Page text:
The experience from Odisha highlighted an innovation that empowered implementation of a land security and distribution programme by bridging the gap between access and policy to get titles for largely indigenous families and households.

The experience from Bihar, that had seen coming together of a mass campaigning energy with research advocacy expertise, illustrated how community mapping can be used not only to get clarity on land records and possessions, but also on developing a power map and assertion to develop it into a narrative and evidence for advocacy.

The presentation on commons once again highlighted the significance access to land has for rural communities for nutrition, energy and water and close to 75 percent of rural population is linked to these resources. The engagement on secure land must also draw linkages to rights and access to commons.

One of the key observation or intervention that came from the participants, particularly those linked with state-level movements, was to revisit large number of land reform and redistributive programs or interventions to both learn and seek contributions these made towards access to land.

A land Inventory Program was carried out with the support of Society for Elimination of Rural Poverty (SERP), Government of Andhra Pradesh at BV Kandriga Mandal of Chittoor District, Andhra Pradesh.

The day also witnessed presentations by INGOs – ActionAid, Oxfam and ChristianAid – on where the land rights are placed in their respective strategies. The purpose of this session was also to underline areas of synergy that is needed for concerted and collaborative efforts.

ActionAid India spells its approach to land rights as a human right issue, linked with dignity and livelihood, critical for changing power relation — land owner and landless, men and women, upper caste and socially backward caste.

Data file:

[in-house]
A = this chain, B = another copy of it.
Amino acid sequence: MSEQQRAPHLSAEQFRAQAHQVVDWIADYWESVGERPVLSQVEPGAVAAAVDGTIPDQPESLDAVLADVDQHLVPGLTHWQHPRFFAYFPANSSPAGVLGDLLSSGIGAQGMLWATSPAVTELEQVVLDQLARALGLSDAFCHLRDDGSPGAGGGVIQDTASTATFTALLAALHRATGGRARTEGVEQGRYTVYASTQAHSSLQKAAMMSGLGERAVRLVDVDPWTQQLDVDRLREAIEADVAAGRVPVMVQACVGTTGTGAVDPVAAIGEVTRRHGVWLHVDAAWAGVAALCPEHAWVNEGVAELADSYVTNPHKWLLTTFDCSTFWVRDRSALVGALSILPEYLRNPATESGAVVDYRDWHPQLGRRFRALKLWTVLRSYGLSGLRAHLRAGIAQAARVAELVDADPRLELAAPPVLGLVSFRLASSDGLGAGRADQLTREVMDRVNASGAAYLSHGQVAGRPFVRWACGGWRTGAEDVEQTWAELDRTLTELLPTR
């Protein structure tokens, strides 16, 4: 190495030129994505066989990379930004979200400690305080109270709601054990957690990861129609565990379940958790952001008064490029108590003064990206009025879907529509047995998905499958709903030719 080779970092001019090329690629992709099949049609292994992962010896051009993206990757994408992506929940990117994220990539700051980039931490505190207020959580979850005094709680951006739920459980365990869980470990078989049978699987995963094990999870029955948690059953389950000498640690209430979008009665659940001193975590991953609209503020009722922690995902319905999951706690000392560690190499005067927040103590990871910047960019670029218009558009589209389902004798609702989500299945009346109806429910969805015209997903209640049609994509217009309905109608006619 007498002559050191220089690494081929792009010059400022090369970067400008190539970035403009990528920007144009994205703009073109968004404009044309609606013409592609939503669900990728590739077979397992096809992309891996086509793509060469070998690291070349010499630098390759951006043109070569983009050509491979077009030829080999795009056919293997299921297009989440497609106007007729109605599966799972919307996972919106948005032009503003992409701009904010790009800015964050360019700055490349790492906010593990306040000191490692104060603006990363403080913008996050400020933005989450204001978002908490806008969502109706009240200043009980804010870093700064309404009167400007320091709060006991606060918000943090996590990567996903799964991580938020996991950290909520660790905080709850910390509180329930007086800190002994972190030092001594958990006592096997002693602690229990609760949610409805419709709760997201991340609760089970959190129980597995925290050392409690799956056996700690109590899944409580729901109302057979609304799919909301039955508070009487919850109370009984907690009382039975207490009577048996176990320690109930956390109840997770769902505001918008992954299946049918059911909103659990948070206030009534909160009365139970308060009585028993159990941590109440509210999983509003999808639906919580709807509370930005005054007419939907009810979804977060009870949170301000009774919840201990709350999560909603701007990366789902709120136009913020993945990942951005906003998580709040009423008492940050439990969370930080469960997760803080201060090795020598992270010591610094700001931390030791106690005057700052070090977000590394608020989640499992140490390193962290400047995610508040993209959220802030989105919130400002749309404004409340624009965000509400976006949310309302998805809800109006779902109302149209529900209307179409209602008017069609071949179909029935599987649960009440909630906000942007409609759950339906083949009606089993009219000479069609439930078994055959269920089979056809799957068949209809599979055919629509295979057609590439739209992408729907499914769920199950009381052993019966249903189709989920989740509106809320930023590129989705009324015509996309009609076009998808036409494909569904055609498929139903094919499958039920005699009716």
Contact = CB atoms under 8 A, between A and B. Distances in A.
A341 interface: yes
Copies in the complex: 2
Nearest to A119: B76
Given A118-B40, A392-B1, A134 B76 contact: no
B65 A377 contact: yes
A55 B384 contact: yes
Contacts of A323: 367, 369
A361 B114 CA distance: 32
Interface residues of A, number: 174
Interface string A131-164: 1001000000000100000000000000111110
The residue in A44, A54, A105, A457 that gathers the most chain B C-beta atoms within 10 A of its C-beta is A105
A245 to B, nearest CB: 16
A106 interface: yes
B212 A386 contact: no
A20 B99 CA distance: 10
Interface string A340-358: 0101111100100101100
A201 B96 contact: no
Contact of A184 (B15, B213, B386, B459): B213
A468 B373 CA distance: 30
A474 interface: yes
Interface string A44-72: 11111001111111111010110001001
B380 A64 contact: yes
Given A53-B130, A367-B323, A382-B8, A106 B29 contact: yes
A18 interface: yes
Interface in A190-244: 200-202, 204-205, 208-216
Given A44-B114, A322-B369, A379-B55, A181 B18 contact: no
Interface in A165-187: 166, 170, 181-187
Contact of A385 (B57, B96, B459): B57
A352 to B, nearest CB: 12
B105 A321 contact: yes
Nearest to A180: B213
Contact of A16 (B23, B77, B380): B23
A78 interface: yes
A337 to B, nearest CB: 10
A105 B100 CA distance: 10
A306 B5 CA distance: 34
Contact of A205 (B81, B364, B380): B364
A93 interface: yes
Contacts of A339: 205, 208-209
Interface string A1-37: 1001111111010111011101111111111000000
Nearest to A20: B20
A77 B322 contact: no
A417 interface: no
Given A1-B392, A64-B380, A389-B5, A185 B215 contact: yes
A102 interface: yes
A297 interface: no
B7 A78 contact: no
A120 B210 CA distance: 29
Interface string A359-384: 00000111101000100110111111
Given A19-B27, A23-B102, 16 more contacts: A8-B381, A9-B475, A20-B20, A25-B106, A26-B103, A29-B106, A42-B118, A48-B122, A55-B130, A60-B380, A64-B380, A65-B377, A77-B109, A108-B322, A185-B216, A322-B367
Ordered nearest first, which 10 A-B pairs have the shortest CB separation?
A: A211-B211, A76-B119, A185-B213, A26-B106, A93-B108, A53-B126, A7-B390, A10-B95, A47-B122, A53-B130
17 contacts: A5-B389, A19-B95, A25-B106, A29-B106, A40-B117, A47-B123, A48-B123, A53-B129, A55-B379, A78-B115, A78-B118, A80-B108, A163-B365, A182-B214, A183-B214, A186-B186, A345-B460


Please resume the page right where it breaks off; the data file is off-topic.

The strategic target that the anti-poverty agency has towards its land rights agenda is policy environment towards social justice that ensure food sovereignty with the fundamental principles of right to food and right to land.

In terms of approach, ActionAid aims to work through partnerships with community based formations, social movements and other social organisations, fellowship support to activists to strengthen leadership among the dispossessed communities, strategic engagement with the state, dialogue between the dispossessed communities and the state to help evolve appropriate policies to generate alternatives and through joint action.

Oxfam India’s engagement on land rights is on three axes of rights of tribal and indigenous communities over forest land; women farmers’ access and control over agricultural land; and challenging land grabbing and land alienation.

One the key global campaign around which, Oxfam is messaging its land rights demands is called ‘Grow’, which links nutrition, food security and sovereignty.

Supporting women farmers’ struggle for their rights over land and other inputs also came up as one the key areas of engagement in the presentation.

ChristianAid works on poverty and exclusion with dalit and tribal community. Dalits have been historically dispossessed and constitute a major portion of agricultural labor but do not own land; tribal community is confronted with displacement, non-implementation of PESAFRA.

In terms of approach, ChristianAid works to empower the excluded to negotiate for state-led land distribution with community support. With the strengthening of democracy land should be accessible to poor and excluded.